From the two small holes you can see above the switch, I originally thought that would be a good mounting point, but then suddenly remembered that the Extension Table for the TWC slides through that RHS, and the ends of the switch mounting bolts would have impacted on that when I add one to my TWC.  Mounting the switch a little lower turned out to be better – making it easier to kick it off when both hands were busy with the workpiece.

The switch, Woodpeckers Router Lift and Wixey Digital technology are all sourced from Professional Woodworkers Supplies. The Torque Workcentre dealer I’d recommend is Lazy Larry – he has and uses one, so can also answer any question you may have from an operator’s perspective.

If it’s Pretty in Pink…

A winner in (Telecom) Gold, what is it in Ryobi Blue?

Thanks to Sparhawk for the pics- can’t believe how wrong the SuperJaws looks in blue, and particularly how irksome seeing the traditional Superjaws logo on a non Triton branded box.

Bet Ryobi, and Bunnings are laughing long and hard at Triton & GMC, finally scoring the best tool Triton ever produced (although I’m not a big fan of the Chinese manufactured version).

It is interesting reading some American user reviews and opinions of the JawHorse- some really don’t “get it”. At least one went on and on how unstable a 3 legged one would be- how much more stable a 4 leg one would be (I still think they are under the misconception that a Superjaws or Jawhorse is some form of sawhorse).

Bunnings Redefines “Hardware”

Bunnings appears to be diluting its placement as a hardware store, with the potential inclusion of whitegoods, such a fridges into its product range.

The question is, with the store currently fully stocked with goods, and the physical dimensions of the store being fixed, what is going to be lost to accommodate less and less applicable product lines?  My guess would be there will be a continual decline in the variety of products, resulting in less choice and more “this is the brand/model everyone is expected to buy”.  This inevitably leads to “Ryobi is the only brand of power tools you can choose” etc.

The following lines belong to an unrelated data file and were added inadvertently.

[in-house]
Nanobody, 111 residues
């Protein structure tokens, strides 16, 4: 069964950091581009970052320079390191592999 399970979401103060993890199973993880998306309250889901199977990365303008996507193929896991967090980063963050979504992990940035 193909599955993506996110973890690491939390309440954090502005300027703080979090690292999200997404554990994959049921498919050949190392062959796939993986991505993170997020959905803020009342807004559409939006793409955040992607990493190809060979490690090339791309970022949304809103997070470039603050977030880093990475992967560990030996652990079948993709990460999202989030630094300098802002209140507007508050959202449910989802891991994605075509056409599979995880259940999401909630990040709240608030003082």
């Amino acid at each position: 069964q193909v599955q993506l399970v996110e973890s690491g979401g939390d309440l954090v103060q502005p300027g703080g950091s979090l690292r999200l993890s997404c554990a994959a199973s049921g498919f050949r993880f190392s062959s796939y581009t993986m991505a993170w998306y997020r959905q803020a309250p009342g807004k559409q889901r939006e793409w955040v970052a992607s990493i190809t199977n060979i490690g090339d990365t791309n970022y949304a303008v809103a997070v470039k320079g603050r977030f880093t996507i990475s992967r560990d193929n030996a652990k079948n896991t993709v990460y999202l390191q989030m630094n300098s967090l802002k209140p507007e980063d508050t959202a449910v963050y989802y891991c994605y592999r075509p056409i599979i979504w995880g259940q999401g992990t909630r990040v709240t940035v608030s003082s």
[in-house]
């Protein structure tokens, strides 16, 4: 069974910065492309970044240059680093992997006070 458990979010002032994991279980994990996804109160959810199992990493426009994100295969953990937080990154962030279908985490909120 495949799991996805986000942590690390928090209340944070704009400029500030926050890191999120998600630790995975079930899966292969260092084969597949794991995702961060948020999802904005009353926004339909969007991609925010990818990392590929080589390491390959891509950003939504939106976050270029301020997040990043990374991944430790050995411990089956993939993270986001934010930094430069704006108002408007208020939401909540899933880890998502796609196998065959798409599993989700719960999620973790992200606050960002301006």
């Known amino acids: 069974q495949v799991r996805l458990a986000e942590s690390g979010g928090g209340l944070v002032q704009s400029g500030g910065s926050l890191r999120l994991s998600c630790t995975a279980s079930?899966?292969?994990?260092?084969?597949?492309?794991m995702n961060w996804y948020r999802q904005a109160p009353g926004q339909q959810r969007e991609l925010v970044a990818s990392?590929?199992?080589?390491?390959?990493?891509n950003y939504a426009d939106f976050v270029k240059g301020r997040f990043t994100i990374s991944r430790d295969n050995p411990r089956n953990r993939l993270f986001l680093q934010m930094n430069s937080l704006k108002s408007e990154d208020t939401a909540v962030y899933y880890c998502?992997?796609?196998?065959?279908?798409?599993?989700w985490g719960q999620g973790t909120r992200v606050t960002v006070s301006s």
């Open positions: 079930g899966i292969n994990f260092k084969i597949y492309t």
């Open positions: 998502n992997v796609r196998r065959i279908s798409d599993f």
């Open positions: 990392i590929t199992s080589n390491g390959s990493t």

Perhaps I am being overly harsh, but after fridges and other whitegoods move in, what’s next?  Do we (as shed dwellers) need a list of suppliers where we can still buy real hardware, consumables and tools, so we still have the variety of choice of brands that we deserve?  It may result in having to use a little more petrol going from location to location, but I’m sure we can fill up at a Bunnings Petrol Station when they again diversify into another non-hardware related marketplace.

50% Tax Breaks

At the 11th hour, I’ve suddenly become rather curious about the 50% tax break being offered to small businesses.

It came to my attention through the latest catalogue/specials email from Ideal Tools. I am now rather interested in knowing whether I could get a Rotex for an interesting price. With the 31 Dec 09 being the cut-off date puts the pressure on! Need to talk to my tax accountant to know if I’m eligible.

If Festool isn’t of interest, what about the potential of obtaining a Torque Workcentre for 1/2 price?!!

Inventions that shaped modern woodworking

I received a book for christmas that I thought was going to be a very interesting read, but didn’t expect that it would be specifically relevant to woodworking.  The book is “1001 Inventions that Changed the World”.  I was flicking through and reading random entries and found one that looked rather familiar around 1808 – the invention of the bandsaw.

William Newberry's Bandsaw

It took almost 40 years before the invention was actually utilised – it was obviously a great idea, but a lot of development in materials engineering and specifically welding engineering before a blade of suitable strength could be constructed to withstand the forces involved.

The book is full of inventions- some that have directly lead to tools in my workshop, and others that have created new engineering directions that have lead to current tools.

The saw, for example dates back to 2000 BCE, whereas the circular saw didn’t come into being until 1777 CE.

There is also another set of inventions that are specifically relevant – those that have resulted in the existence of the whole blog & podcast environments.